There won’t be many recognizable names on the Shelton roster at the beginning of the season. How many of them are at the end may show how far the Gaels will go this season.
We’re into the “prove me wrong” portion of the program, although as I wrote earlier, we’re largely talking about the best of the best, so the margin for error is tiny.
Will Levis returns at quarterback and Glenn Cunningham will be running the ball, but the Falcons, like Prep, just had all kinds of trouble moving the ball at times last season and the season before, as well.
If they can against some of these defenses, they should be fine in the end, but we shall see.
You starting to understand how deep the new Division I is yet?
The Tigers started 5-0 last season, but that turned out to be largely because a weak-ish schedule to begin. It’s a luxury they will not be afforded in 2016 with Fairfield Prep, Hillhouse, North Haven, Shelton, Xavier, Notre Dame and West Haven all in the first eight weeks of the campaign.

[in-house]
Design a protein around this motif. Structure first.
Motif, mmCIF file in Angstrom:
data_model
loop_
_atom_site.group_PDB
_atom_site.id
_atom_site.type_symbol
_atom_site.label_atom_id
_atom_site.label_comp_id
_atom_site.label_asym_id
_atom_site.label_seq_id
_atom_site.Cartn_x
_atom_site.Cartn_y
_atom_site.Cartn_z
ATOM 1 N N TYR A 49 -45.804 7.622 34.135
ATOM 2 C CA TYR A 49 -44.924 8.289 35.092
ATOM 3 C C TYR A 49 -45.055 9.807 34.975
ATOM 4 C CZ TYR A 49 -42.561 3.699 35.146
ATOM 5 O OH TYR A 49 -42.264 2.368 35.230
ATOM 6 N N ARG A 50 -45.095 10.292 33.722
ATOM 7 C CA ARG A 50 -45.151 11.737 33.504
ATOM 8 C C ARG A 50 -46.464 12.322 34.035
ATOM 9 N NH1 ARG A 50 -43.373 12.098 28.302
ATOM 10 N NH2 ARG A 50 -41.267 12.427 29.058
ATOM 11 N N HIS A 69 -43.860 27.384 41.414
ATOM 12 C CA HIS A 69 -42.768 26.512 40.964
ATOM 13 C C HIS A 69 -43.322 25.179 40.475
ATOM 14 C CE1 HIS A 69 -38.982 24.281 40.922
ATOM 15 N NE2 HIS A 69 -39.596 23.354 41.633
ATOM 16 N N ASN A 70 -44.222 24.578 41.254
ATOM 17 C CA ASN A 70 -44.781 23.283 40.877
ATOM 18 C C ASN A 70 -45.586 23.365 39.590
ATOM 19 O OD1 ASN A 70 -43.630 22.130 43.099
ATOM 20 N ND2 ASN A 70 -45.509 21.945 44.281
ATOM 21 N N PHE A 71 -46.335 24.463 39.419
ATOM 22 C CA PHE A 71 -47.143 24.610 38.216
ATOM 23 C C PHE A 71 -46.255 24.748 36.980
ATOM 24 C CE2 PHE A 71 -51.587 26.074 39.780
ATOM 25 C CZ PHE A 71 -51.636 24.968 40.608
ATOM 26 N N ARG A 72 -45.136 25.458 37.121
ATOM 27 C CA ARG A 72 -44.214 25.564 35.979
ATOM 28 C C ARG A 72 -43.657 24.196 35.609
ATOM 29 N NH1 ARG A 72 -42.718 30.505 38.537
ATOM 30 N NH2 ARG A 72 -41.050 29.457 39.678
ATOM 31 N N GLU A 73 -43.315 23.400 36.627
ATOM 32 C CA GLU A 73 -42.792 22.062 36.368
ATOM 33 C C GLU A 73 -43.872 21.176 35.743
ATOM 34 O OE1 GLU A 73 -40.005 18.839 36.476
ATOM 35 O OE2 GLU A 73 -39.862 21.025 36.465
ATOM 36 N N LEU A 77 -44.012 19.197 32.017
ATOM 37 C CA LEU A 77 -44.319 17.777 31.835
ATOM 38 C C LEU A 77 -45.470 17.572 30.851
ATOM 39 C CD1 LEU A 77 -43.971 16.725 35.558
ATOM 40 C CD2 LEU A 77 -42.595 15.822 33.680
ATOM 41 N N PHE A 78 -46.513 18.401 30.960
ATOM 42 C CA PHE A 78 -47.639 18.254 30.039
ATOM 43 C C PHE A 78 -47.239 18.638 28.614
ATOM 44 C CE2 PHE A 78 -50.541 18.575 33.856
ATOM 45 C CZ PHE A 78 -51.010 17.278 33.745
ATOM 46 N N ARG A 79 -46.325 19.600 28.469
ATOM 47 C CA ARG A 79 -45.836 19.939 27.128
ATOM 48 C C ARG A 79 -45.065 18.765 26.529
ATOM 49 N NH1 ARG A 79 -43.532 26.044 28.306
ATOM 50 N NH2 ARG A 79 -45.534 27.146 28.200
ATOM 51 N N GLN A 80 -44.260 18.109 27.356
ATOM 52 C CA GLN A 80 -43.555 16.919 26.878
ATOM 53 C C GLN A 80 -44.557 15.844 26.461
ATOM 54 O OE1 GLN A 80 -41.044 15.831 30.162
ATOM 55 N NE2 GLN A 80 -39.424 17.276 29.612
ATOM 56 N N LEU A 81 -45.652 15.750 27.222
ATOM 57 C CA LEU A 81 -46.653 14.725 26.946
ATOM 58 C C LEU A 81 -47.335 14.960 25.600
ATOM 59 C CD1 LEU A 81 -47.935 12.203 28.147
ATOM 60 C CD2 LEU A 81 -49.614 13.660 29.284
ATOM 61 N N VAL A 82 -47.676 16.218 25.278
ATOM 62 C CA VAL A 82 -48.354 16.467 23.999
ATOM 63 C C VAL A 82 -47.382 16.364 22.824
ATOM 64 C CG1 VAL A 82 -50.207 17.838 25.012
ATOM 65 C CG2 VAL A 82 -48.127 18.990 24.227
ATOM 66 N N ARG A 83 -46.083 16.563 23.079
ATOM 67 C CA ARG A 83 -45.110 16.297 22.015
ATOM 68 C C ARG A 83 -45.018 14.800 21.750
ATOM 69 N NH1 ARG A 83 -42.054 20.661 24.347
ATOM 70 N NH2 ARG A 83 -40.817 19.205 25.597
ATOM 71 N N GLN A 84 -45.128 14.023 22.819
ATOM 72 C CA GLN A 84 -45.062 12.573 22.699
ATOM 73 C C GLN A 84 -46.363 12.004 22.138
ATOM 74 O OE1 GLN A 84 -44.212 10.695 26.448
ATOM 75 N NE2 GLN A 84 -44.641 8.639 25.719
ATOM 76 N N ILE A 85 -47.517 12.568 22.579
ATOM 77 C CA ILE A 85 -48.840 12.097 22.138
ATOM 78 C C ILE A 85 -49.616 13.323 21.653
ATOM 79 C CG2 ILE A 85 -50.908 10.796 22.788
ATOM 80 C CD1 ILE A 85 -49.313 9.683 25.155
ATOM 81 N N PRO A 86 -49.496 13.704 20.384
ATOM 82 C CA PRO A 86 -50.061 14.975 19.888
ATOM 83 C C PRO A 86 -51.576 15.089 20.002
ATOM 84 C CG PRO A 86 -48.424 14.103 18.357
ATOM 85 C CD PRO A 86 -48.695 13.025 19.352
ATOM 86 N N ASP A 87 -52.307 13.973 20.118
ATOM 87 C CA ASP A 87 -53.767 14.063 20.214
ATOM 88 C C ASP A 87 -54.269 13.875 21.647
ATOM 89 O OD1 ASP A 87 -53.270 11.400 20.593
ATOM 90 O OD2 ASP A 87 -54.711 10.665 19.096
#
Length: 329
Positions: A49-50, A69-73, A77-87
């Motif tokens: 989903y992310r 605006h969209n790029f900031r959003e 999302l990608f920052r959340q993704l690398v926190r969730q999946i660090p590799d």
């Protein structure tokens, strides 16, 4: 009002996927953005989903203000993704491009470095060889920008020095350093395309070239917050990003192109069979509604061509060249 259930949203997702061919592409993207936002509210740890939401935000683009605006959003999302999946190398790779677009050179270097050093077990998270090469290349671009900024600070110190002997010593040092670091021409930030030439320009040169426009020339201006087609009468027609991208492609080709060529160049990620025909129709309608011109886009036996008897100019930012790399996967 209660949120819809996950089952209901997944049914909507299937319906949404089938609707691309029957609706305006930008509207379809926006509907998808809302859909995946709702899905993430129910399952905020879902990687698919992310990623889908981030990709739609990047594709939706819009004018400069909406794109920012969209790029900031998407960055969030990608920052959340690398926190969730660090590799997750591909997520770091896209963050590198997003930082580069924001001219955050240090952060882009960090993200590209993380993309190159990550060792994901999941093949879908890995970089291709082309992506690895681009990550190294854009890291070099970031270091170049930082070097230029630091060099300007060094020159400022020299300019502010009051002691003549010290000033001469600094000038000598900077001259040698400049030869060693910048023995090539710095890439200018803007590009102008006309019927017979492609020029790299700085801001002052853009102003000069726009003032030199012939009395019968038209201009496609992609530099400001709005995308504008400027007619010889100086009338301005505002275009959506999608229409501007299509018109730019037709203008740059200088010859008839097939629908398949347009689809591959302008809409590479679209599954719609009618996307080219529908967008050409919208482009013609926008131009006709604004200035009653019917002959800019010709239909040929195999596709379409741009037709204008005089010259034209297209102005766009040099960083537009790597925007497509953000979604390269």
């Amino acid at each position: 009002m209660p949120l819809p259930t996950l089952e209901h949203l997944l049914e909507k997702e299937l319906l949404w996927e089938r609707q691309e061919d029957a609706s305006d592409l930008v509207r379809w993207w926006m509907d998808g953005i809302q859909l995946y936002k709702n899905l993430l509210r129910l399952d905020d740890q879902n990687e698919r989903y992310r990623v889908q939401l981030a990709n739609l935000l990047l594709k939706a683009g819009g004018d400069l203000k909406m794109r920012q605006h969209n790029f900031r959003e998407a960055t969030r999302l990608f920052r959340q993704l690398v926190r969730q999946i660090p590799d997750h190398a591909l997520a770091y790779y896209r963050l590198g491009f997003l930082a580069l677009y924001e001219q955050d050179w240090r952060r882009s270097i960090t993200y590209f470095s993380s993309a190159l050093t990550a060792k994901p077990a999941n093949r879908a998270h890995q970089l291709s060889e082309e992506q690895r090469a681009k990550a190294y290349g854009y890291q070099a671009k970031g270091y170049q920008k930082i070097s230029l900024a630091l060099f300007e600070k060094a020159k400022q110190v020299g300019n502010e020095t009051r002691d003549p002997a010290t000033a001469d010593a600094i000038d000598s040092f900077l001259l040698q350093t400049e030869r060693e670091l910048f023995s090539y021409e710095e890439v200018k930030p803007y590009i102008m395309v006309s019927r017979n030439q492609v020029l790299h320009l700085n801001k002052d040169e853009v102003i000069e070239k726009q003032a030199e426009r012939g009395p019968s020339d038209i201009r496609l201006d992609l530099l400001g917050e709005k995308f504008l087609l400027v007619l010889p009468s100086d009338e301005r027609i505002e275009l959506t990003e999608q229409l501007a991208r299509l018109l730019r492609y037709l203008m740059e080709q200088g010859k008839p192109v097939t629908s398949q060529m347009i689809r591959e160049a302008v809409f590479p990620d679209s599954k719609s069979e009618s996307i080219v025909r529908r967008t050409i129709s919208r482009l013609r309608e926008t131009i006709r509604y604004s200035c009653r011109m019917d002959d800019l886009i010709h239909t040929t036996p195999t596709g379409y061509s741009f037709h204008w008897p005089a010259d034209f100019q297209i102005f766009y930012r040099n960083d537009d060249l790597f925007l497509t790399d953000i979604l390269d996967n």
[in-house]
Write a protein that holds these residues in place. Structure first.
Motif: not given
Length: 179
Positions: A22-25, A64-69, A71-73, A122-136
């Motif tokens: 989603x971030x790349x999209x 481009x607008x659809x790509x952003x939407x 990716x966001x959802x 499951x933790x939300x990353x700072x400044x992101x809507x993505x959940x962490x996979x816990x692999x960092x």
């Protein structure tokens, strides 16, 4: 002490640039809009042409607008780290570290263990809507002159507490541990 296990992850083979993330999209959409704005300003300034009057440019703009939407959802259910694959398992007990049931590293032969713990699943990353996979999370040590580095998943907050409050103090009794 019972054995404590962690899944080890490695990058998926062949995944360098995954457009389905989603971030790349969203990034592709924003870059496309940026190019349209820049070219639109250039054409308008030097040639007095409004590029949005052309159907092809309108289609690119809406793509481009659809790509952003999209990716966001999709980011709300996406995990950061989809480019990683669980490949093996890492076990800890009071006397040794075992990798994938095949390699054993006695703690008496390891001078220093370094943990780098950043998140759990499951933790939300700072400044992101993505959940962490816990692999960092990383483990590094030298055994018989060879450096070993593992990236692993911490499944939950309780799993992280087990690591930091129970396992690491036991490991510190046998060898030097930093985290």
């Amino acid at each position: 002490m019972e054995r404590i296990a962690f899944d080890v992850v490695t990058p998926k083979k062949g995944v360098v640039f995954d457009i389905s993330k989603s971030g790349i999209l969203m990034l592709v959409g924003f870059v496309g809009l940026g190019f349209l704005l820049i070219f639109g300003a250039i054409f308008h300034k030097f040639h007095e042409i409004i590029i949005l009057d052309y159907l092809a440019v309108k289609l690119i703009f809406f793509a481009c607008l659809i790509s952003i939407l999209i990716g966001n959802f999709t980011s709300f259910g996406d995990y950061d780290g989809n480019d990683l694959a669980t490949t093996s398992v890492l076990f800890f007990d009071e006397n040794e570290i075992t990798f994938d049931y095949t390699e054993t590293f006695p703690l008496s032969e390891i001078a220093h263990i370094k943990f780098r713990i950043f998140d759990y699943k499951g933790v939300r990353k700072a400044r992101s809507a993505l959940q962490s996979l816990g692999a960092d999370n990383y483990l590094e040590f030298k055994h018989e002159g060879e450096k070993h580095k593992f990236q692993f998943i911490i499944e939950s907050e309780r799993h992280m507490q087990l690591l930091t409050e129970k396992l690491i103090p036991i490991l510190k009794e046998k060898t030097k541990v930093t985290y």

The Tigers have had only two losing records (2014, 2006) as a member of the SCC. Nick van Dell was not only a three-year starter at quarterback, but also Hand’s leading rusher by a pretty wide margin last year.
Sophomore Will Graikoski came off the bench to nearly lead the Rams to a shocking victory over Southington on Thanksgiving, but it’s unclear if it will be him or previous starter Jack Raba leading the team against North Haven.
More than any other team in Division I, Cheshire seems to have the longest road to the top, especially with Southington as a Thanksgiving rival. But any team that gave Southington a scare last season and returns a decent amount of players should not be taken lightly.
[aesop_image imgwidth=”720″ img=”http://www.gametimect.com/wp-content/uploads/2016/06/SCC-2016-TILT-e1468384058105.jpg” align=”left” lightbox=”on” captionposition=”left”]